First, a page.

When patients are diagnosed with IPF, they are understandably worried and upset. Keep in mind that there are treatments available that can help you, and you should not consider your situation hopeless. Also, knowing more about the condition can help you understand and cope with this disease. We hope that the information in this booklet will help. You may want to share it with your loved ones so that they have a better understanding of what you are going through. Having a good support system will help you stay positive and maintain your quality of life. 

Idiopathic Pulmonary Fibrosis and You
Patient Education Guide

Monday, October 19, 2009

Take care of your Asthma

Here was this season of Diwali and our Asthmatic friends really passed a tough time.
So here's this a comprehensive guideline for your care if you are an asthmatic.

A Patient's Guide to Asthma Care


If you need your quick relief (Reliever) medication as little as four times per week (not counting use for prevention of exercise-induced asthma), your asthma is probably not well-controlled.
This may sound surprising, even shocking, but it's true. Up to 85% of people with asthma can live virtually symptom-free, or well-controlled, needing little or no quick relief at all! Most of the other 15% can be greatly aided by the information in this guide.


You or your child's asthma is WELL-CONTROLLED if you:
  • have symptoms of coughing, wheezing, or shortness of breath 3 or fewer days per week;
  • can carry out most desired activities, work and play, without having asthma symptoms;
  • wake at night or early in the morning because of your asthma 1 or 0 nights per week;
  • have no sudden, severe or unpredictable flare-ups; and
  • need your quick relief medication 3 or fewer times per week.
If this describes you, then you have asthma that is well-controlled. As with all asthma, however, you need to monitor your symptoms in case they worsen.

Signs of Dangerous Asthma

About 10-15% of asthmatics suffer more seriously from the disease and are at higher risk of having "out of control" asthma.
  • get only temporary relief (1 to 4 hours) or none at all after using your quick relief medication or
  • have difficulty speaking normally because of your asthma


Diagnosis of asthma should involve the following steps:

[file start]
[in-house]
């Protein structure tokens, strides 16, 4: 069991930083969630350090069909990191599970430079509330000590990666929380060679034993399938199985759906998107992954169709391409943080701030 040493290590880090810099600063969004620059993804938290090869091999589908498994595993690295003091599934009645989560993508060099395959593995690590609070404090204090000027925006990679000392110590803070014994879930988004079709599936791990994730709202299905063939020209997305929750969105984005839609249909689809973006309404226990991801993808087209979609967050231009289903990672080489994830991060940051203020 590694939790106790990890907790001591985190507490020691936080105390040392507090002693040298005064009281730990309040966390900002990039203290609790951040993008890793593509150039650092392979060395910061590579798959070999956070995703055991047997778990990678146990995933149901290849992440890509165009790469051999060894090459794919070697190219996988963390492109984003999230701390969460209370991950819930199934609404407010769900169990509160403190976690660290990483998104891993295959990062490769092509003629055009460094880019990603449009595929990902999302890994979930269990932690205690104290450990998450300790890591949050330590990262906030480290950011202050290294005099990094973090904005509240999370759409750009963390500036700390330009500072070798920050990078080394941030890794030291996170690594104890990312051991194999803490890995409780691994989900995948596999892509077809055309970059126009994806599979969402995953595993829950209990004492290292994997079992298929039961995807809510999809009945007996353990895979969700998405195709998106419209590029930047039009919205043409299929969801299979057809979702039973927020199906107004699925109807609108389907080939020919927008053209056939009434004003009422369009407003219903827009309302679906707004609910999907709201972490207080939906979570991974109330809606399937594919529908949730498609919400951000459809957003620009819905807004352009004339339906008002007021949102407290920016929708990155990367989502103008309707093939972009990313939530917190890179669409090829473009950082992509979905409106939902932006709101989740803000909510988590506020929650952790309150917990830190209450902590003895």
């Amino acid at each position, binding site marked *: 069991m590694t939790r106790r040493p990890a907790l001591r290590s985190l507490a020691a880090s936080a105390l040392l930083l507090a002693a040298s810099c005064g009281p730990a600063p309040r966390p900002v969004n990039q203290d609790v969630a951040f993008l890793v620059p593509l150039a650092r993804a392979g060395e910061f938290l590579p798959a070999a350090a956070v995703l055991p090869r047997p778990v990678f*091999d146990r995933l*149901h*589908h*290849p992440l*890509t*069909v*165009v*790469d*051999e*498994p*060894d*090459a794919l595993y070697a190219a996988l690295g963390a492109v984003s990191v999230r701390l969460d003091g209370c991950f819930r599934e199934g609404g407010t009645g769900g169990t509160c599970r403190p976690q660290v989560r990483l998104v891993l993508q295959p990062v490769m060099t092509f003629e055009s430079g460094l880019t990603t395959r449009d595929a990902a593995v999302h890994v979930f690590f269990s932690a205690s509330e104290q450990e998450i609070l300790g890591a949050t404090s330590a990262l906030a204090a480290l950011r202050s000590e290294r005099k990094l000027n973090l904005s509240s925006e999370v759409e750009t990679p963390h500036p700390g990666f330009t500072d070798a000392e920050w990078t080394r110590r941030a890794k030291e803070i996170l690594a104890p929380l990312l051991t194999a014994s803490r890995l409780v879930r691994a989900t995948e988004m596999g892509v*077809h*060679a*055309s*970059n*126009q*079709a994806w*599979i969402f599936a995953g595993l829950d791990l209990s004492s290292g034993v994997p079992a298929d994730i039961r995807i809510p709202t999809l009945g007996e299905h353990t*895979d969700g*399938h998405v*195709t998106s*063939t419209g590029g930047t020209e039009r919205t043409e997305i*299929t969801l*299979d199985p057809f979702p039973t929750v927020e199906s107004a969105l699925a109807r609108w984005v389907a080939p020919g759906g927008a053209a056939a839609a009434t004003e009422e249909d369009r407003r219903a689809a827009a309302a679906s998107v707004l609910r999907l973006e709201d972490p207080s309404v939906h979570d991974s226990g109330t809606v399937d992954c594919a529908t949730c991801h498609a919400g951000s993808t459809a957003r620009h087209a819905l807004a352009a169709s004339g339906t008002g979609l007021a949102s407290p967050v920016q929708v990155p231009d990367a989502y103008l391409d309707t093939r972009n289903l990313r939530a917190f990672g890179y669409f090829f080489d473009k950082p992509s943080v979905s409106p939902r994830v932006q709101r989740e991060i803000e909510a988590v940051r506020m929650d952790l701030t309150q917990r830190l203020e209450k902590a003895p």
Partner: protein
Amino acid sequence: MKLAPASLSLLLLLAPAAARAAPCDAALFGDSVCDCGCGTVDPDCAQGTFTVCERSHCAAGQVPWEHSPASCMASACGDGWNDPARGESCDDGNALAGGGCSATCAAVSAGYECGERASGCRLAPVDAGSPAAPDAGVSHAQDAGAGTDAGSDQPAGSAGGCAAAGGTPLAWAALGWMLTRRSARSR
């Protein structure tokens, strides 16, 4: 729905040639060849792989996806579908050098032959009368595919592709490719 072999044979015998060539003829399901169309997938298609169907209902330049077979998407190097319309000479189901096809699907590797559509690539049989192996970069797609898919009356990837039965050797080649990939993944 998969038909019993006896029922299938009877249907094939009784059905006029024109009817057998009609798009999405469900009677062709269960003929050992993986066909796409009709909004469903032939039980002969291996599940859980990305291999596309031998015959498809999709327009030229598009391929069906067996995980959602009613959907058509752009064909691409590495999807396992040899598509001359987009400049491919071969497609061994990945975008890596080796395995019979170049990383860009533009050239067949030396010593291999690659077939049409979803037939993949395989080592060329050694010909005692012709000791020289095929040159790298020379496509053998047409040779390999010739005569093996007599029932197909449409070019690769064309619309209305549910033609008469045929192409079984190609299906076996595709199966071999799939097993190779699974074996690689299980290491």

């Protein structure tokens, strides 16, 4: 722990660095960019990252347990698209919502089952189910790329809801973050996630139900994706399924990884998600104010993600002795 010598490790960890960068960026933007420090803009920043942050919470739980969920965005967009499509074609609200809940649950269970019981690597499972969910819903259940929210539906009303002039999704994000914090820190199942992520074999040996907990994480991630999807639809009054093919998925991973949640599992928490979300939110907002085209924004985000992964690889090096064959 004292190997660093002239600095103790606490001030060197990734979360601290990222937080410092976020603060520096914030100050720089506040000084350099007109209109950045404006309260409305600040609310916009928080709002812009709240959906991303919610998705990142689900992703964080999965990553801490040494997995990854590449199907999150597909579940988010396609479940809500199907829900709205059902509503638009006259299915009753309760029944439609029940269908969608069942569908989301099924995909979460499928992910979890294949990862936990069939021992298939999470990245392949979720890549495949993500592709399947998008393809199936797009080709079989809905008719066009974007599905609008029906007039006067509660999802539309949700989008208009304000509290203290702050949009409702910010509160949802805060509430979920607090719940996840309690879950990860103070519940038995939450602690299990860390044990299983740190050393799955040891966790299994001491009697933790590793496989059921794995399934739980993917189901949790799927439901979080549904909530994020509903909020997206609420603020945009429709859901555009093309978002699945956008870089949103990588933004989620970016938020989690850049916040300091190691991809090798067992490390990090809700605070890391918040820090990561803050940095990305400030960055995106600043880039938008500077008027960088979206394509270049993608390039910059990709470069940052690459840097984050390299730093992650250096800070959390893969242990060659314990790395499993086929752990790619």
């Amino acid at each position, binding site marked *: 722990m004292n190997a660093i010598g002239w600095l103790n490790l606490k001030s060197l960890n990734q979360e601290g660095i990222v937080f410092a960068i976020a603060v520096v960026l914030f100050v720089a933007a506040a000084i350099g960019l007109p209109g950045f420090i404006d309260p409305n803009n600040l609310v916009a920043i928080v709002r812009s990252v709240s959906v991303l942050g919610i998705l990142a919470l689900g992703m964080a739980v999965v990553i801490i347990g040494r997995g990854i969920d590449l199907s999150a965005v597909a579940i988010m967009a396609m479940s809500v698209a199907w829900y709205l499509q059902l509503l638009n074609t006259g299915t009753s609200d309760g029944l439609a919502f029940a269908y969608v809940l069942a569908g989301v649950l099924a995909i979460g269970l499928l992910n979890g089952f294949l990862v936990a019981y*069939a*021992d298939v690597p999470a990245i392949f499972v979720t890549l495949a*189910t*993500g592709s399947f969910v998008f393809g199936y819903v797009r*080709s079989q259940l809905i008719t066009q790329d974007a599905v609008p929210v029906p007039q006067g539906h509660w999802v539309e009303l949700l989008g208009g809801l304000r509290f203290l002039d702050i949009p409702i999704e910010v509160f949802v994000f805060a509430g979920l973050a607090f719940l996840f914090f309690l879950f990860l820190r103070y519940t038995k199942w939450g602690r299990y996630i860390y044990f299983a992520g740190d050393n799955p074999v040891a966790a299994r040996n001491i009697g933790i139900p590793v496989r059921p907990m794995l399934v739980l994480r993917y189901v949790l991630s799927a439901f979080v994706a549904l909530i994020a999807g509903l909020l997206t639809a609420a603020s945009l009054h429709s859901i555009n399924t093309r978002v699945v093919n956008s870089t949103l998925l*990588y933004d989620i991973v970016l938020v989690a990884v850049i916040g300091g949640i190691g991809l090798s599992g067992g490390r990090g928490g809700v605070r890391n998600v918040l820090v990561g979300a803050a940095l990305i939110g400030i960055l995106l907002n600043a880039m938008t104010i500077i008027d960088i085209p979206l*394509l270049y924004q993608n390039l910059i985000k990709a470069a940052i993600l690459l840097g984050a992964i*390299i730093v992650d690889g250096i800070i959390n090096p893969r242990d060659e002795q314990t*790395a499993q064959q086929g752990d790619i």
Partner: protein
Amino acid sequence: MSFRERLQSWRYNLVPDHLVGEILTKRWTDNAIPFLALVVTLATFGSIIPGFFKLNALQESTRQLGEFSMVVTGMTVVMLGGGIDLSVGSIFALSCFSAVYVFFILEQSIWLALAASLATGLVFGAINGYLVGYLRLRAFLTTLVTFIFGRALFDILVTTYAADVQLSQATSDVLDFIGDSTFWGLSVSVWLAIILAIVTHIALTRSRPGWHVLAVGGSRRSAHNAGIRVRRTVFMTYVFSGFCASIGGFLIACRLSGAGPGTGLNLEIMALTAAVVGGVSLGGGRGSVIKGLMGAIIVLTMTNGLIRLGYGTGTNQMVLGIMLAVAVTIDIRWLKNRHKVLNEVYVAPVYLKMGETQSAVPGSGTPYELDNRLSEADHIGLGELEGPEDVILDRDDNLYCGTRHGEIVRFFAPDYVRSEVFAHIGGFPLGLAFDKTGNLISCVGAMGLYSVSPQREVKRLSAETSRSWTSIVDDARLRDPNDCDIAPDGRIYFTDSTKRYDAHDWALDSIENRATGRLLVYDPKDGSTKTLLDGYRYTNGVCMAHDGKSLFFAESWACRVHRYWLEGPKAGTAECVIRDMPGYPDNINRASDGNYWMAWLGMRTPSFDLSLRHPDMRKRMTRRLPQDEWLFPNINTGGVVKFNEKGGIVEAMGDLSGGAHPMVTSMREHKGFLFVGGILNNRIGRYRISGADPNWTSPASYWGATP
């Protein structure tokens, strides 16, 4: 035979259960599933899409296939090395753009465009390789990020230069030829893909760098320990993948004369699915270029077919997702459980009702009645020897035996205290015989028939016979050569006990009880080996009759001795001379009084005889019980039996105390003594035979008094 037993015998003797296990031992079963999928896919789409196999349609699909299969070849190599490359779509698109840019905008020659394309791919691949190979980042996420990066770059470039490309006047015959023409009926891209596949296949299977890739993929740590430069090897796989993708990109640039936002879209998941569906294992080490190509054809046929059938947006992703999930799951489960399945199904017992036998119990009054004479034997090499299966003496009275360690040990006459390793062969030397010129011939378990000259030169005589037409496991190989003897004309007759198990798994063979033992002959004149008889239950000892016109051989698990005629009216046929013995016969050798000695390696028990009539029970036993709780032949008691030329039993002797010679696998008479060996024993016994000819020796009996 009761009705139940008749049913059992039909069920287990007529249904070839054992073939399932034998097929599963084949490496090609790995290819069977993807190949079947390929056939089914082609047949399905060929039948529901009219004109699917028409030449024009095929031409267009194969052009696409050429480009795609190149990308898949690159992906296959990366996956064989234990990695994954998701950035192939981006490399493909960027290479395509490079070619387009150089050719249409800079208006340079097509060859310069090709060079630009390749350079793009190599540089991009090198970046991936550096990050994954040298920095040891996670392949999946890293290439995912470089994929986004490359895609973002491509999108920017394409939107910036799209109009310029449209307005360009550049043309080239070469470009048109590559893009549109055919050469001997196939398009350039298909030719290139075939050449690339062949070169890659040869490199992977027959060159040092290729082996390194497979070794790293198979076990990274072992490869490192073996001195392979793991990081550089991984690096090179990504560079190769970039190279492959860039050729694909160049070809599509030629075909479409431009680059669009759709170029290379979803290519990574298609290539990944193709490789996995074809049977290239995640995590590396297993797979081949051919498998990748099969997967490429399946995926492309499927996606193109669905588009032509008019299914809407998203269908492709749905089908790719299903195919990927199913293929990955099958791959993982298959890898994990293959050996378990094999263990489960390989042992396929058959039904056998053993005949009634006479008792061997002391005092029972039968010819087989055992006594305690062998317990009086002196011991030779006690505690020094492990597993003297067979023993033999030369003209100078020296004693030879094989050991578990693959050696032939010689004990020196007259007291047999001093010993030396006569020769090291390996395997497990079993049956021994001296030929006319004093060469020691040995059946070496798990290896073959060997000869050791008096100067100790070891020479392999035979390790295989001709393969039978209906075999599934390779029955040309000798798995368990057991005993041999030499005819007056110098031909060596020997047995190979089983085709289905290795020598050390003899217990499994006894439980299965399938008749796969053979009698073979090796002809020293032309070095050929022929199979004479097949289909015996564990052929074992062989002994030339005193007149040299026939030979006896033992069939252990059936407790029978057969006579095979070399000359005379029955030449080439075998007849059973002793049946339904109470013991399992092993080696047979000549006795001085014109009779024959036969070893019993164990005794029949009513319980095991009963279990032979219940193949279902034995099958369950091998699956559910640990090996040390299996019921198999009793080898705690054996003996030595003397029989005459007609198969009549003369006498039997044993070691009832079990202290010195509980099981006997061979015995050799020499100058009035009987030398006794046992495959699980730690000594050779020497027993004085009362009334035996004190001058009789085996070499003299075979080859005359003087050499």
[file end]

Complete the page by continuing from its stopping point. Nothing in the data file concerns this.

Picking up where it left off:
• assessing symptoms of cough, wheeze, chest tightness and shortness of breath;
  • assessing severity of symptoms; do they
    • occur daytime and/or nighttime?
    • occur with physical activity?
    • occur frequently?
    • lead to missed play/school/work?

  • assessing family history of asthma, allergies;
  • assessing possible allergies to inhalants and/or food; other signs of allergy of the skin, nose and intestine;
  • referral for allergy testing (includes infants);
  • referral for breathing tests.


Allergy/Asthma Information Association (AAIA)
A national organization devoted to helping fellow asthma, allergy and anaphylaxis sufferers, the Allergy/Asthma Information Association (AAIA) publishes current information medically screened by the Canadian Society of Allergy and Clinical Immunology, holds support groups, provides telephone support and referrals and advocates at national and regional levels.
Services are available through membership or donations. Call us at 1-800-611-7011


Treatment of asthma should involve all of the following steps:
  • controlling symptoms as rapidly as possible by:
    • assessing home/school/work asthma triggers and
    • recommending avoidance; and
    • prescribing medication (steroids, inhaled or — if needed — oral, and a quick relief medication);

  • referral for asthma education;
  • checking inhaler technique;
  • scheduling a follow-up appointment; and
  • providing personalized instructions to keep track of quick relief puffs used per week and an Action Plan of what to do in case of a flare-up.
At follow-up appointment(s):
  • redoing breathing tests;
  • rechecking inhaler technique;
  • reviewing medication; and
  • providing individualized instructions to keep track of quick relief puffs used per week and reviewing the Action Plan of what to do in case of a flare-up.
This process of appointments and follow-ups continues until patients and caregivers:
  • know the signs of well-controlled and out-of-control asthma;
  • understand the need to avoid triggers whenever possible;
  • understand the need for anti-inflammatory medication;
  • learn how to adjust their medication quickly at the first signs of a flare-up; and
  • understand that an asthma educator and patient associations can help them learn all of the above.

How Asthma puts the "Squeeze" on Breathing

The inflamed lining of the breathing tubes causes the "squeeze" of muscles surrounding them, leading to feelings of chest tightness, shortness of breath, mucus production and coughing.





Asthma is an immune system overreaction of the lining of the airways — the breathing tubes — in the lungs. If you were to accidentally spill hot liquid onto your hands, or if you could sunburn your airways, they would look scalded and swollen. In asthmatics, this is what the linings of the breathing tubes look like — red, swollen — inflamed.
The following are the most common airborne triggers which can lead to inflammation and worsening asthma:

  • ALLERGENS, such as house dust mites, animal dander, moulds and cockroaches;
  • COLD VIRUSES and other infections;
  • IRRITANTS, such as cigarette smoke and outdoor air pollution.
There are many others.


  • Temperature changes (bursts of cold or hot air, or seasons which bring colder or warmer air);
  • Perfumes and colognes; and